Posted in Book Review, Books I have read, Five Star Reads

Smoke and Mirrors – Elly Griffiths

Crime Fiction 5*s
Crime Fiction
5*s

November 1951 and DI Edgar Stephens Sergeant Bob Willis and Sergeant Emma Holmes are carrying out an investigation into two children have gone missing, one minute they were going to buy sweets, the next they’d disappeared into thin air. With snow falling the police have a huge task ahead of them while the local community do their best to assist in the search.

Meanwhile with pantomime season approaching, Max Mephisto is busy rehearsing for Aladdin. Playing the part of Abanazar which allows him to perform some of his amazing magic tricks, performing alongside the Great Diablo and close to his old friend Edgar he’s far from despondent at the thought of the upcoming stint on Brighton Pier. But with the headlines screaming about The Babes in the Woods the locals aren’t really into the pantomime spirit; mothers are anxious about their children and vigilantes are staking out the sweet shop, convinced the owner had something to do with the disappearance of Annie and Mark. It doesn’t take long for Edgar to call on Max for assistance, perhaps the former Magic Man can see the sleight of hand that took place to spirit the youngsters away.

This series which began with The Zig-Zag Girl, feels entirely different to any other crime series, of course the historical feel has a lot to do with that, something which is reflected in a much gentler writing style than modern crime fiction. Despite the nature of the crime in this book, there is no overt violence but rather a complex puzzle to solve and there are no shortage of leads to follow, one of which links to a murder of a young actress in a production of Babes in the Wood before WWI, but as the culprit was caught and hanged for his crime, Edgar is at a loss as to what the connection could be. This lead plus the fact that Annie was keen on the theatre and had been in the middle of rehearsing her own play, Hansel and Gretel, with her siblings and younger friends the police turn to the old fairy tales for clues. All of which makes for fascinating reading on an entirely different level than I’ve come to expect in crime fiction.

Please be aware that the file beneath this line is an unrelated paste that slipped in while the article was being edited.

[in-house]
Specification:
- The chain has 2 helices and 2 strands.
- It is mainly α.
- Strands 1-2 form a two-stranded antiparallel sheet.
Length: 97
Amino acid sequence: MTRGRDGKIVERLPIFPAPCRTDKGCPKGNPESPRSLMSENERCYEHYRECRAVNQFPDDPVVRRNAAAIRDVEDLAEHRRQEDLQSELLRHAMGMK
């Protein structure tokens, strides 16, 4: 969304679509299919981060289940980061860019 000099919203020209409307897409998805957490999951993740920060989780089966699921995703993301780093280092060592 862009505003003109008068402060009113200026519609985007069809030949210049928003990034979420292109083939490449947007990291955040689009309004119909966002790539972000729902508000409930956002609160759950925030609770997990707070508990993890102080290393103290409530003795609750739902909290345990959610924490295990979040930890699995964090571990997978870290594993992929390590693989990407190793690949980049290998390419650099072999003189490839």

There are details which relate to the first instalment in this series mainly in the form of many of the characters but where some of those who played a big role in that first episode are relegated to bit parts in this rich sequel although I think that there is enough information included, without endless repetition, for someone to read this as a standalone book. One thing is for sure, this is a book with its varied, yet easily identifiable characters has a feeling of lightness about it at times, as well as being unexpectedly emotional at others; I actually shed a small tear at the end of this book. DI Edgar Stephens and Max Mephisto have stolen my heart!

I’d like to thank Quercus Books for allowing me to read a copy of this book before publication on 5 November 2015 in return for my honest opinion. A perfect book for winter reading, and one where the author hasn’t felt the need to provide her readers with a doorstopper, this book clocks in at a very reasonable 352 pages.